9. A device according to claim 1, wherein a shutter is further arranged between a material to be hardened and an energy source, for controlling the exposure time per raster mask.
10. A device for producing a three-dimensional object, comprising:
a raster imaging unit comprising a predetermined number of discrete imaging elements (pixels) arranged as points, lines or a matrix, wherein the imaging unit composes, from the pixels, an image related to a specific cross sectional area of the three-dimensional object to be produced;
wherein the imaging unit is designed to provide energy input for solidifying a solidifiable material under an action of electromagnetic radiation; and
wherein the imaging unit is arranged to be controlled such that at least two masks can be generated for the specific cross-sectional area of the three-dimensional object to be produced, wherein the at least two masks include: a first overall mask (bitmap 1) covering the specific cross-sectional area; and a partial mask (bitmap 2) within the overall mask.
11. A method for producing a three-dimensional object, comprising:
providing an imaging unit comprising a predetermined number of discrete imaging elements (pixels);
solidifying a solidifiable material in a matrix of volume pixels (voxels) under an action of electromagnetic radiation by means of energy input via the imaging unit; wherein with respect to a cross-sectional area of the three-dimensional object to be produced an energy input for the solidification of a volume pixel matrix in the material to be hardened is controlled by a succession of multiple raster bitmaps to influence the hardening depth per voxel (volume pixel) in the solidifiable material.
12. A method according to claim 11, wherein, for solidifying the material, the image is projected into the building plane by means of a projection unit.
13. A method according to claim 11, wherein it is determined per cross-sectional area which areas in the matrix of voxels to be hardened shall either not be exposed or shall be additionally exposed, and from this information, corresponding partial bitmaps are generated and applied for exposure.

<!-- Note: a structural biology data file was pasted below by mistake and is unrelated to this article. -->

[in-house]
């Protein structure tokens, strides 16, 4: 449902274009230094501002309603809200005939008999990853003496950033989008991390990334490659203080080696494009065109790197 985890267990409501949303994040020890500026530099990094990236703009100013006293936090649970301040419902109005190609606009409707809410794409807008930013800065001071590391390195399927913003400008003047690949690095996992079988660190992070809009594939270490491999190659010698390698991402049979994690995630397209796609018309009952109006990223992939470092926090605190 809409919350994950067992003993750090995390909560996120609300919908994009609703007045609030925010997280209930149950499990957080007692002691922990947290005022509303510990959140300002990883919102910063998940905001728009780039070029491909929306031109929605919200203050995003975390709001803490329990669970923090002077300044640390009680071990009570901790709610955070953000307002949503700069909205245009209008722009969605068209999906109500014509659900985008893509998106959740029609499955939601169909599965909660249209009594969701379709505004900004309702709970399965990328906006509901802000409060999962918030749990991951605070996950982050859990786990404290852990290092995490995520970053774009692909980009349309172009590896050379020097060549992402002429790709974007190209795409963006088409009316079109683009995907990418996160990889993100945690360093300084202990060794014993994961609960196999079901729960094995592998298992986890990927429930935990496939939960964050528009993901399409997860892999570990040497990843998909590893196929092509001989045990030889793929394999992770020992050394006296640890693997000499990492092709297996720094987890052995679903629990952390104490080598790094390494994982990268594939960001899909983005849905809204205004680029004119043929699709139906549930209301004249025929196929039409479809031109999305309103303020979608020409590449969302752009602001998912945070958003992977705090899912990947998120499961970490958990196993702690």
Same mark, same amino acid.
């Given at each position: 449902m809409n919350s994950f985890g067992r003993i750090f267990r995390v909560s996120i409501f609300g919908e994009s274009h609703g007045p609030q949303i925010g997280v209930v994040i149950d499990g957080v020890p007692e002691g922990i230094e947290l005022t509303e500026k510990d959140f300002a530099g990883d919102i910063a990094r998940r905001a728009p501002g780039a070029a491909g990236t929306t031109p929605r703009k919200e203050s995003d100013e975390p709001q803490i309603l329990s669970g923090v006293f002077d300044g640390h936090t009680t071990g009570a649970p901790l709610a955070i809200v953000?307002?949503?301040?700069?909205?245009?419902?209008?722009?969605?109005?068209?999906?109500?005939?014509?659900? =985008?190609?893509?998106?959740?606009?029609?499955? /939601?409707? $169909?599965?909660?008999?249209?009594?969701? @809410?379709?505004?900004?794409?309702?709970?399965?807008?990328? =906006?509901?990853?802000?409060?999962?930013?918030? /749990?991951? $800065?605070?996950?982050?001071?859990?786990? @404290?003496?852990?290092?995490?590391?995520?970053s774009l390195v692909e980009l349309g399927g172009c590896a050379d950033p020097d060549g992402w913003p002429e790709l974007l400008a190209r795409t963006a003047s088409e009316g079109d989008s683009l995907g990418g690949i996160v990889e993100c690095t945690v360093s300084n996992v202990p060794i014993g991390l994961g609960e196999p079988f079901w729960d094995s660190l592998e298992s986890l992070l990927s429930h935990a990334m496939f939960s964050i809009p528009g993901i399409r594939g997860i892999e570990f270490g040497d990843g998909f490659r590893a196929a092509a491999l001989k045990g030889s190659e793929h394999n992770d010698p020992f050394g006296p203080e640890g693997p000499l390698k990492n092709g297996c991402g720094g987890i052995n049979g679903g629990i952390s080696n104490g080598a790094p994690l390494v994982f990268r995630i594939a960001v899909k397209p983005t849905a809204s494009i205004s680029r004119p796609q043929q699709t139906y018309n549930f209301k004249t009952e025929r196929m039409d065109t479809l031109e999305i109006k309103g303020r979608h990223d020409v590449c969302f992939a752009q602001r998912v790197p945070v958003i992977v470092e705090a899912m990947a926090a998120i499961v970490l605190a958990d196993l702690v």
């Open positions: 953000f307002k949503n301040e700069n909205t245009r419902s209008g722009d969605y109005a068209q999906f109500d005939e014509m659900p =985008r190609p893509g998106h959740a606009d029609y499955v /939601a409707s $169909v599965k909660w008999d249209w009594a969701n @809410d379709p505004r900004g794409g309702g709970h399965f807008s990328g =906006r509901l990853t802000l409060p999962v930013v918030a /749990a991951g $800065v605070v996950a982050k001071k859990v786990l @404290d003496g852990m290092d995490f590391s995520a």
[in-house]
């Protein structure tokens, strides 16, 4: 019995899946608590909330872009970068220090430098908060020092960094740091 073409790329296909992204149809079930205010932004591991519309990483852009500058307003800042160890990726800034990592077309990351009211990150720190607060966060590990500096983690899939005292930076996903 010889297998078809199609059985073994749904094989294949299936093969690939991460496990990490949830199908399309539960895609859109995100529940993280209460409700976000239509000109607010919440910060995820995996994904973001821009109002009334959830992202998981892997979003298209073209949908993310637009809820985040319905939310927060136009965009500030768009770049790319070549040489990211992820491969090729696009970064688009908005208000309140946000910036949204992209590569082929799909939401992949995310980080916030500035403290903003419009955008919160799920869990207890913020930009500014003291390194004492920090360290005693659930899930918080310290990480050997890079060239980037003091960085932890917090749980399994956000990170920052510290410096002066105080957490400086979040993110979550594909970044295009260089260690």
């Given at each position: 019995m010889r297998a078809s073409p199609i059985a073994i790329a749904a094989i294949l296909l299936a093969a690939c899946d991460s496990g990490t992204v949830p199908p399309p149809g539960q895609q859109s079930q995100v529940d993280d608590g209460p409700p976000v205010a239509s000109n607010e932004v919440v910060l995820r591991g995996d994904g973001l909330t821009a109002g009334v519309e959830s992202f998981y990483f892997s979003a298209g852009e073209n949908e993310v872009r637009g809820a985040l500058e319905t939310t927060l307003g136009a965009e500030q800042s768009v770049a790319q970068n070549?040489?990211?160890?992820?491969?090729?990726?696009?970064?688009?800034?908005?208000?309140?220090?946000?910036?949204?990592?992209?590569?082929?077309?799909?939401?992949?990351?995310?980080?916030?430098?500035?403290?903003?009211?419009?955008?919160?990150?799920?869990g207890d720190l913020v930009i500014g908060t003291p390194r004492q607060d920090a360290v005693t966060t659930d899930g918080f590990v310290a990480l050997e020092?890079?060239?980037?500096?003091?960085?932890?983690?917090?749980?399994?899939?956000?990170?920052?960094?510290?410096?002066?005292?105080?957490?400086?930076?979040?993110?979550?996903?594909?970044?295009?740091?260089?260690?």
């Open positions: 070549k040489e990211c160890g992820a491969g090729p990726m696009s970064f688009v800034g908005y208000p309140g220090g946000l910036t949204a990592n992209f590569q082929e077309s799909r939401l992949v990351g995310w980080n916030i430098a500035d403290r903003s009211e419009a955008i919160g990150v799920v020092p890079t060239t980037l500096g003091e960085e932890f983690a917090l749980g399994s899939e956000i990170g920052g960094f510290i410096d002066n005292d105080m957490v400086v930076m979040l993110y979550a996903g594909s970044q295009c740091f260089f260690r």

14. A method according to claim 11, wherein, in a cross-sectional image produced per cross-sectional area, separate areas of different area expansion are identified, and for areas with smaller expansion, one or multiple additional bitmaps corresponding to the structure of the smaller area expansion is (are) produced and used for subsequent partial exposure.
15. A method according to claim 11, wherein specific structures within the object are identified for whose cross-sectional areas additional bitmaps are generated for the purpose of multiple exposure per cross-sectional area.
16. A method according to claim 11, wherein increased hardening of selected areas is carried out via single or multiple exposure, by generating and subsequently exposing with one or multiple bitmap masks having different information per cross-sectional area, wherein the achieved hardening depth of the voxels (in Z) exceeds several-fold a thickness of a current solidification in areas of multiple exposure.
17. A method according to claim 11, wherein a shutter is further used between the material to be hardened and an energy source, for controlling the exposure time per mask.
18. A method according to claim 11, wherein information in terms of at least one selected from a gray value and a color value is stored in the raster image (bitmap) per image point (pixel).
19. A method according to claim 11, wherein information in terms of at least one selected from a gray value and a color value per image point (pixel) is currently calculated online for each raster image (bitmap).
20. A method for producing a three-dimensional object, comprising: